Over the coming weeks, we’re taking a walk down memory lane to bring you a few curations of WDCD Live talks. To keep you occupied while staying indoors. But most of all, to offer inspiration on what designers can do in times and post corona. How can we reshape our lives on the other side?

We’ve had some very interesting people on stage during our previous event. And a lot of their work and ideas are even more relevant than ever before. Like Carlo Ratti, who’s now working on open-source design for emergency hospital. Or Michael Murphy who spoke about how a lack of design even could even make us sicker instead of healing us, testing this idea on a hospital in Rwanda.

First up, architecture

“Cities are epicenters of capital and creativity, designed to be occupied collectively. Pandemics are anti-urban, preying on our human desire for connection.” writes for The New York Times, wondering if city life will ever be the same. High-rise buildings in urban areas are designed to organize as many people as possible in small amounts of space. All of a sudden, it became painfully clear what this means for our health and wellbeing. What will our sardine-like city life and housing look like on the other side?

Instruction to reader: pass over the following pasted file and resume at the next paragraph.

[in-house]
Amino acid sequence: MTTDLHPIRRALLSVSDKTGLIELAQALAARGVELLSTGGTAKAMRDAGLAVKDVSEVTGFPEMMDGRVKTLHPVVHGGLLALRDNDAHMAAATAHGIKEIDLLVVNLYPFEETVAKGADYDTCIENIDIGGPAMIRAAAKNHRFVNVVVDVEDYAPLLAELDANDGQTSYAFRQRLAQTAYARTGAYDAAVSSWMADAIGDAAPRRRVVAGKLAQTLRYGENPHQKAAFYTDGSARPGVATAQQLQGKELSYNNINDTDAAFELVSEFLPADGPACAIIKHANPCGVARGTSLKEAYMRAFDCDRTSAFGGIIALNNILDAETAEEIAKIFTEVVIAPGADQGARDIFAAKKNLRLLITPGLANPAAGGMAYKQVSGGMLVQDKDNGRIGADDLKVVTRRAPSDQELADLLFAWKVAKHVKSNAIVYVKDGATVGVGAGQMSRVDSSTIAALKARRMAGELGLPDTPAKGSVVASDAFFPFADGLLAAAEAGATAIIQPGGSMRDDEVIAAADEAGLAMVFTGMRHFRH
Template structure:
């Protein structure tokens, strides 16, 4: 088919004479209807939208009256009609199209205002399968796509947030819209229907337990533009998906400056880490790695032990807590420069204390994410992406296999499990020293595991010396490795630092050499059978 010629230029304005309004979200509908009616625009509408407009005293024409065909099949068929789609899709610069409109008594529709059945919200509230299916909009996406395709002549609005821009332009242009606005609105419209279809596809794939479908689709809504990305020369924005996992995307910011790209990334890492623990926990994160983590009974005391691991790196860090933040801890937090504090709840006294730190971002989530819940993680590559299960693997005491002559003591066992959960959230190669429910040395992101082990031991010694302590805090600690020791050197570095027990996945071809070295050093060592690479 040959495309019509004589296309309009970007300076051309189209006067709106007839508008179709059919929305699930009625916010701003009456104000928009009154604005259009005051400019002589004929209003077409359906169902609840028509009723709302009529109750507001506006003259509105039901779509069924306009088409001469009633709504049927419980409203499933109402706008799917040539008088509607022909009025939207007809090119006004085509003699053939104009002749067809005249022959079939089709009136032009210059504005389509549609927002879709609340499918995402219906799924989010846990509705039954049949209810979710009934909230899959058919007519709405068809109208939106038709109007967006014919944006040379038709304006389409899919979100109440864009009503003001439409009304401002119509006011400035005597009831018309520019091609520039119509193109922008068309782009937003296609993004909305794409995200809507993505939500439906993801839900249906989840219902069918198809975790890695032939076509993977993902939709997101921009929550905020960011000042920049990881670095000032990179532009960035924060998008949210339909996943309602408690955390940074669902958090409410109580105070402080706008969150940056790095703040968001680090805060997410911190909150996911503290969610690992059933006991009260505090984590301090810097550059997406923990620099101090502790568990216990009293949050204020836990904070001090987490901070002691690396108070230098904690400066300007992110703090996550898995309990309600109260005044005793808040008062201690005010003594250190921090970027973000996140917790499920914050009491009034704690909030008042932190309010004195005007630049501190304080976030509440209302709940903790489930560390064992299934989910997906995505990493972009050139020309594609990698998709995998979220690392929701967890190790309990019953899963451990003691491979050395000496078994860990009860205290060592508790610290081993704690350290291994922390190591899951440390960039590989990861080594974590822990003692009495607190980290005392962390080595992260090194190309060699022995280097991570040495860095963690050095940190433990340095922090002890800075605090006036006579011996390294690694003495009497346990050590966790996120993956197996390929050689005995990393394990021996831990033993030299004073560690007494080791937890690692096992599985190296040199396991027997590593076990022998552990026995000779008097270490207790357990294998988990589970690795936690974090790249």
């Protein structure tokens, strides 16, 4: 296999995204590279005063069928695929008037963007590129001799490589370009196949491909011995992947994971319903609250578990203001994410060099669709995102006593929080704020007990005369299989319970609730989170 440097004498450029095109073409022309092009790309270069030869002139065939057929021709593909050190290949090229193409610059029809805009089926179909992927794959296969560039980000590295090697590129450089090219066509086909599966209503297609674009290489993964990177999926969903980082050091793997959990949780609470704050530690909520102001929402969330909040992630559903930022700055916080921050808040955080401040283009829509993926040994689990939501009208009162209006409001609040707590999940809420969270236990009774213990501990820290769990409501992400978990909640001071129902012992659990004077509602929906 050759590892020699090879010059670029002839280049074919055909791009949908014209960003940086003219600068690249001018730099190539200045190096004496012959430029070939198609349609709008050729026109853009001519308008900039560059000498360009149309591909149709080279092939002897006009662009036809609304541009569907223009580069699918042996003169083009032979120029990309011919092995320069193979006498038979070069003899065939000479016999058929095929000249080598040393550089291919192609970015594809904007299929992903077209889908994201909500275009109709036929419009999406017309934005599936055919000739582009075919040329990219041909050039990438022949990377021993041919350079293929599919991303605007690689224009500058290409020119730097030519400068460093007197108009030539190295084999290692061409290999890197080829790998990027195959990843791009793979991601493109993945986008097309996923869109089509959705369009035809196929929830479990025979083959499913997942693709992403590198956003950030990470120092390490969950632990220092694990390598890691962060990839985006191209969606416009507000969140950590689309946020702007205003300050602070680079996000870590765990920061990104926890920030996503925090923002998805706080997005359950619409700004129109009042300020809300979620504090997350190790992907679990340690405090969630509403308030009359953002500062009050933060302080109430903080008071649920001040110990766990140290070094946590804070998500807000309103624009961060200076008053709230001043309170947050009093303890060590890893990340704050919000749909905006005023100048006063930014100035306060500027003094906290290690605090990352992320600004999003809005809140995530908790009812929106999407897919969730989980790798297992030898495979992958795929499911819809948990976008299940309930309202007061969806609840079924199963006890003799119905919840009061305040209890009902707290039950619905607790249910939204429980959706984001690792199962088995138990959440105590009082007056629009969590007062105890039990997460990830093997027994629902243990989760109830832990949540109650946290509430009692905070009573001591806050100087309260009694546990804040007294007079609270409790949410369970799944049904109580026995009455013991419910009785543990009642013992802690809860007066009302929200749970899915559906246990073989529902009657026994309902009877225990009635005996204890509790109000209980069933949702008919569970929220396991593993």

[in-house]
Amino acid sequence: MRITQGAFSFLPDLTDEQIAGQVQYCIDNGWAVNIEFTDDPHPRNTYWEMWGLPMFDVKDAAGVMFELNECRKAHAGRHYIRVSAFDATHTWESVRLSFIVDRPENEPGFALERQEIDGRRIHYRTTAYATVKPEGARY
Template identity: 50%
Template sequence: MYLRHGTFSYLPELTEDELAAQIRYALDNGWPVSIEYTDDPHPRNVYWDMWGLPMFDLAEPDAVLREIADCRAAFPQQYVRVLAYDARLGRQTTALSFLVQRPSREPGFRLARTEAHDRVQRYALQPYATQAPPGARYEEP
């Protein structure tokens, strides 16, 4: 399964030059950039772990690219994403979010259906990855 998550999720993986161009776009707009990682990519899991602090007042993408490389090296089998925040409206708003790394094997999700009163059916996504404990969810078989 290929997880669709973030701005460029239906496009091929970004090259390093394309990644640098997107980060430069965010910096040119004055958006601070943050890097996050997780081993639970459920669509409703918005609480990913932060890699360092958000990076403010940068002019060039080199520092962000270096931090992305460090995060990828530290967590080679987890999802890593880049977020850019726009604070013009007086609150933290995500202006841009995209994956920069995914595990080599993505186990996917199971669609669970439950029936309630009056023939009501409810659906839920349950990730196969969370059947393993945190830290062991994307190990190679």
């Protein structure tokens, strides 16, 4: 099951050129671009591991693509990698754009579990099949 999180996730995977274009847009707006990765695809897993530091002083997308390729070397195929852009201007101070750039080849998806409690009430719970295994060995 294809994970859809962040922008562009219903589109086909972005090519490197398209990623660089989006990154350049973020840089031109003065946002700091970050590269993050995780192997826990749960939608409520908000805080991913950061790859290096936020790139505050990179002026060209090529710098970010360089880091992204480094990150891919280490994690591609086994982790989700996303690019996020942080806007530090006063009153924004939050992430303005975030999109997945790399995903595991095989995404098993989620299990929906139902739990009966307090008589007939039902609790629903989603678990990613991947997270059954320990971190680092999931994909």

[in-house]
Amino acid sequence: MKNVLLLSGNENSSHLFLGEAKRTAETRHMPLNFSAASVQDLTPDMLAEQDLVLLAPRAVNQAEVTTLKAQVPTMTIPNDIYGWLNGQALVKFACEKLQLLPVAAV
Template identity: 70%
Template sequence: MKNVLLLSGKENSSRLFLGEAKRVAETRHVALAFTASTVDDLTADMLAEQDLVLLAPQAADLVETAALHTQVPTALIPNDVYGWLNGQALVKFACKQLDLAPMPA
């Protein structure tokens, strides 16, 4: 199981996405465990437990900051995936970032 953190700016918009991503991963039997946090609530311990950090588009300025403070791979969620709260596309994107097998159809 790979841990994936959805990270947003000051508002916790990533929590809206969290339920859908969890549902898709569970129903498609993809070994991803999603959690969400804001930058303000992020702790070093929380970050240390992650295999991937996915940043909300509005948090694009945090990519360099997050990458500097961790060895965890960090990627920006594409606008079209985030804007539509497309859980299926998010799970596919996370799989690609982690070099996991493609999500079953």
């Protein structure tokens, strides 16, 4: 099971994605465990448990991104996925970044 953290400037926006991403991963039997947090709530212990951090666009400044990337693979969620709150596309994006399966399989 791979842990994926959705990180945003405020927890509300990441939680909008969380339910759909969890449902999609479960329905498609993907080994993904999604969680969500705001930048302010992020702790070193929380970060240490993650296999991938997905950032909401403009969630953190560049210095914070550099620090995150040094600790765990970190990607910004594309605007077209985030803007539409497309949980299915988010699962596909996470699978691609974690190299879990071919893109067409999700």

We took a browse in the WDCD archives and pulled together five of our favorite talks on architecture.

Michael Murphy on buildings that heal


Cameron Sinclair on resilience




Rahul Mehrotra on architecture in india’S URBAN AREAS



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